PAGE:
Wethers are castrated male goats, and are only useful for providing meat (or as pets). However, if you wait until the first baby goats arrive (which have a 50/50 chance of being male) you will be able to sell the young bucks for a particular type of goat’s meat called chevon, which is popular for its lamb-like flavor. , You have a number of options when it comes to buying does – which option you decide to go for will depend on your budget and how soon you want your goats to produce milk or have kids.
Buy a doeling: A baby doe, or doeling can be as young as 8 weeks old, as this is the soonest they can be weaned from their mothers. Doelings are relatively cheap to buy, but you will have to wait about a year and half before you can breed them, and another five months before they will start to produce milk.
Buy a junior doe: A junior doe is a young doe that hasn’t been bred yet. These are more expensive than doelings as you don’t have to wait as long to breed them and start producing milk. Sometimes you can buy a young doe that has already been bred (i.e pregnant), so you only have to wait 5 months before she starts producing milk, but you will have to buy a breeding fee.
Buy a doe in milk: A final option is to buy a senior doe who is already producing milk. This option is faster and cheaper than the previous ones, however there is a much higher risk that the doe you buy will have problems, as breeders will usually try to sell off the weakest animals in their herd., Goats are herd animals, which means that they prefer to live in groups. Therefore, you will need to buy a minimum of two goats to start off.
Many people make the mistake of buying only one goat. Single goats get lonely and will become very loud, as they bleat and call out for company.
If possible, try to buy two goats from the same herd (especially if they’re related). This will help them to adjust to their new surroundings much more quickly.
Under certain circumstances, goats will bond with other hoofed creatures, such as sheep, cows and horses, so this is an option if you already own some of these animals., As mentioned in the previous section, goats will require a sheltered indoor area for sleeping, feeding and protection from the weather and night-time predators.
The housing does not need to be very elaborate, and as long as the goats have plenty of outdoor space to roam around during the day, it doesn’t have to be very large – goats like to sleep together in small groups.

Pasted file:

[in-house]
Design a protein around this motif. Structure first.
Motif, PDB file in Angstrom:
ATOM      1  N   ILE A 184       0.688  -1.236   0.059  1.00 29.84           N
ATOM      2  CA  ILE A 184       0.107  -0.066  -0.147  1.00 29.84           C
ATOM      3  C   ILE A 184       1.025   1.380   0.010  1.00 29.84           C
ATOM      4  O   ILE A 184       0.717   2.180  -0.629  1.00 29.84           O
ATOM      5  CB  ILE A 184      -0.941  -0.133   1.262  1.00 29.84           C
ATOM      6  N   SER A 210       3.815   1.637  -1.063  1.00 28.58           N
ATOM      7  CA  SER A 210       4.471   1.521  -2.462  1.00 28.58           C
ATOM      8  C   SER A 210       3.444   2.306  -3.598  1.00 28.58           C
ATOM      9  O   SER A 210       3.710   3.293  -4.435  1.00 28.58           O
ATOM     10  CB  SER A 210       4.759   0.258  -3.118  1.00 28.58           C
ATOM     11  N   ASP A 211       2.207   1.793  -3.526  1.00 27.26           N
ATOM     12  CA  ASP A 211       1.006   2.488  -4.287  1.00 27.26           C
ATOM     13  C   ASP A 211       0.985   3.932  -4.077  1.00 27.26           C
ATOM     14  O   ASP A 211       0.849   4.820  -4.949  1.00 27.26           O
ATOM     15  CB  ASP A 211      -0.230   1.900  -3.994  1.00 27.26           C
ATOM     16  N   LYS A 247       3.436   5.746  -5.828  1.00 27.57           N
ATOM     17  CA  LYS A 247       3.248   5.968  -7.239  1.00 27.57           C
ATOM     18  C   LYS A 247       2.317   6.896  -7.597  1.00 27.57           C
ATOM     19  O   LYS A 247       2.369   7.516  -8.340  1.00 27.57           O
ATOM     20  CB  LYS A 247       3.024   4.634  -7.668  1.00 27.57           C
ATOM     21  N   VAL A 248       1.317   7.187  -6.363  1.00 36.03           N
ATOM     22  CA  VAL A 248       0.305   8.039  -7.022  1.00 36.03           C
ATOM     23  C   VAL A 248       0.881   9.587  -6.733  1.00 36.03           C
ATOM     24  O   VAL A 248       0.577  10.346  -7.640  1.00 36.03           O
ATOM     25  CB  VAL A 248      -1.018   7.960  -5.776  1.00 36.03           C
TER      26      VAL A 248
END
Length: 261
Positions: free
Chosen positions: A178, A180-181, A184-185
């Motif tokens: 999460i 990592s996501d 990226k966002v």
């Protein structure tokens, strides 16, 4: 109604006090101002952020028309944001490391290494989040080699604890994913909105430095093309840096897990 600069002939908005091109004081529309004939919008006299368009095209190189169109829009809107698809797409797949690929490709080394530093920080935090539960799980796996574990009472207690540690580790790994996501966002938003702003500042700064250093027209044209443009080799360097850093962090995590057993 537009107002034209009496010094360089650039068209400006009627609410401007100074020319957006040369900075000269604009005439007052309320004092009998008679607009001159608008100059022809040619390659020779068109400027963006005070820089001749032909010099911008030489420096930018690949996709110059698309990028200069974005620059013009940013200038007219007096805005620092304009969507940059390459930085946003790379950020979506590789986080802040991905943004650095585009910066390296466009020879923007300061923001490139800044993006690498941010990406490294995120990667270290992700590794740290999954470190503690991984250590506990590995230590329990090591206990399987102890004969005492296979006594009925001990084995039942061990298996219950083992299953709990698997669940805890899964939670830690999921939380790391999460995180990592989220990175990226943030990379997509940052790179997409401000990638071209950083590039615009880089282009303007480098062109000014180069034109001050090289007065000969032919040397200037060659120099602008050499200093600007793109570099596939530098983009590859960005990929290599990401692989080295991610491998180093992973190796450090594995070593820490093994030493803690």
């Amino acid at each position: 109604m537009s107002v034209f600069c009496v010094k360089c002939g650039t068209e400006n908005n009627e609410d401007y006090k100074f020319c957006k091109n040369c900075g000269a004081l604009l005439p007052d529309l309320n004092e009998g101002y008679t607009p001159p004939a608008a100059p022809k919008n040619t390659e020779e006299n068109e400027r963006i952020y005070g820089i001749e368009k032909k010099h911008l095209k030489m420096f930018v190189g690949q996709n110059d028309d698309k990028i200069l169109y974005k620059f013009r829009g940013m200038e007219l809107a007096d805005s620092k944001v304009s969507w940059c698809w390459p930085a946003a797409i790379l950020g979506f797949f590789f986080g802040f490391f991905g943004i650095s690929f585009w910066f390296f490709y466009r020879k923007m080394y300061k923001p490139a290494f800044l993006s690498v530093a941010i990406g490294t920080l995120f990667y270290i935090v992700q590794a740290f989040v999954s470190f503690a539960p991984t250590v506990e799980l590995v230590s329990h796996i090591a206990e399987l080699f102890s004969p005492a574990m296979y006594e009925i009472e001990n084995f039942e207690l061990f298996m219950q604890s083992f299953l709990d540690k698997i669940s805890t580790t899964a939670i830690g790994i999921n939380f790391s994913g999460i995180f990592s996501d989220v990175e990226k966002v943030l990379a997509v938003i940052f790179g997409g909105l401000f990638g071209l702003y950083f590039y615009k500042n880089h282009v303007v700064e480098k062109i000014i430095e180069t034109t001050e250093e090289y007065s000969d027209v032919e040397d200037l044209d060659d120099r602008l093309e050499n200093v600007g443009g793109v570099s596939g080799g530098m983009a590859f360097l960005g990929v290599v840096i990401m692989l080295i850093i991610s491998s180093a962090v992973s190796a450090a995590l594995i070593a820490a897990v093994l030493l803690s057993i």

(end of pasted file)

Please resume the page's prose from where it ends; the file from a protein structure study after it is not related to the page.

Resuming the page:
You just need to make sure that the shelter stays dry and draft-free. It’s also a good idea to have a small stall where you can place sick, injured or heavily pregnant goats.
The floor of the shelter should be covered in a thick layer of bedding, comprised of wood shavings (anything except cedar), straw or waste hay., Goats are notorious escape artists, as they can climb trees, jump over fences, chew through rope and wriggle their way through the smallest of spaces. Therefore, it is essential that you erect a strong, goat-proof fence around the enclosure.
Your fence should be a minimum of four feet high, or five feet for more active goat breeds such as Nubians. Wooden, stock panel or chain-link fences are all good options if you are building a new fence. However, if you simply want to goat-proof an existing fence, you can use high tensile, smooth electrified wire.
Also make sure to brace any gates or fence posts on the outside of the fence as this will prevent goats from climbing up them. You should also make sure that the goats’ shelter does not have an easily climbable roof.
, Goats are browsers rather than grazers, which means that they prefer to eat twigs, leaves and weeds rather than plain grass.
This allows goats to be raised alongside sheep, cows and horses, as they do not compete for food. Goats can also be used to clear rough land and get rid of unwanted vegetation.
If you live in a green or wooded, rural location, feel free to put your goats out to pasture and let them forage for things like young shrubs and saplings, blackberry canes, poison ivy and clover, to name but a few.